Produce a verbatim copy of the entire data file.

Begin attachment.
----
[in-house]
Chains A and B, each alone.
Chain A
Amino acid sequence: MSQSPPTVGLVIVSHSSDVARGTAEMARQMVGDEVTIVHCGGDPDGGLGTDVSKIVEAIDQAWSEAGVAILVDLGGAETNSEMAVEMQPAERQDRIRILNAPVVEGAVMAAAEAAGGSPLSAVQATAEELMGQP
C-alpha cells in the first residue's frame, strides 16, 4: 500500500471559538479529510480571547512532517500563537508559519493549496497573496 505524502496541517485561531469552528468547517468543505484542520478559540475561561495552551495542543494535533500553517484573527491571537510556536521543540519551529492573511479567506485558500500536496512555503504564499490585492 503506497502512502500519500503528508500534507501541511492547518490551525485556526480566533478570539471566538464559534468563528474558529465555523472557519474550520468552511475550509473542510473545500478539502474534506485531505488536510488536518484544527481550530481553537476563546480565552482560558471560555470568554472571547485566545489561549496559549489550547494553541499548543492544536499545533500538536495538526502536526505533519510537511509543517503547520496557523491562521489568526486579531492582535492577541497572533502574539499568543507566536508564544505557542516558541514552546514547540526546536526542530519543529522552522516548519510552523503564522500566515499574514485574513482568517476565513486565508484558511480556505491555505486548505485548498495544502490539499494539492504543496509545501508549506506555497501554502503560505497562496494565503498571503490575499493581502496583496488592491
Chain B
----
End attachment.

[in-house]
Chains A and B, each alone.
Chain A
Amino acid sequence: MSQSPPTVGLVIVSHSSDVARGTAEMARQMVGDEVTIVHCGGDPDGGLGTDVSKIVEAIDQAWSEAGVAILVDLGGAETNSEMAVEMQPAERQDRIRILNAPVVEGAVMAAAEAAGGSPLSAVQATAEELMGQP
C-alpha cells in the first residue's frame, strides 16, 4: 500500500471559538479529510480571547512532517500563537508559519493549496497573496 505524502496541517485561531469552528468547517468543505484542520478559540475561561495552551495542543494535533500553517484573527491571537510556536521543540519551529492573511479567506485558500500536496512555503504564499490585492 503506497502512502500519500503528508500534507501541511492547518490551525485556526480566533478570539471566538464559534468563528474558529465555523472557519474550520468552511475550509473542510473545500478539502474534506485531505488536510488536518484544527481550530481553537476563546480565552482560558471560555470568554472571547485566545489561549496559549489550547494553541499548543492544536499545533500538536495538526502536526505533519510537511509543517503547520496557523491562521489568526486579531492582535492577541497572533502574539499568543507566536508564544505557542516558541514552546514547540526546536526542530519543529522552522516548519510552523503564522500566515499574514485574513482568517476565513486565508484558511480556505491555505486548505485548498495544502490539499494539492504543496509545501508549506506555497501554502503560505497562496494565503498571503490575499493581502496583496488592491
Chain B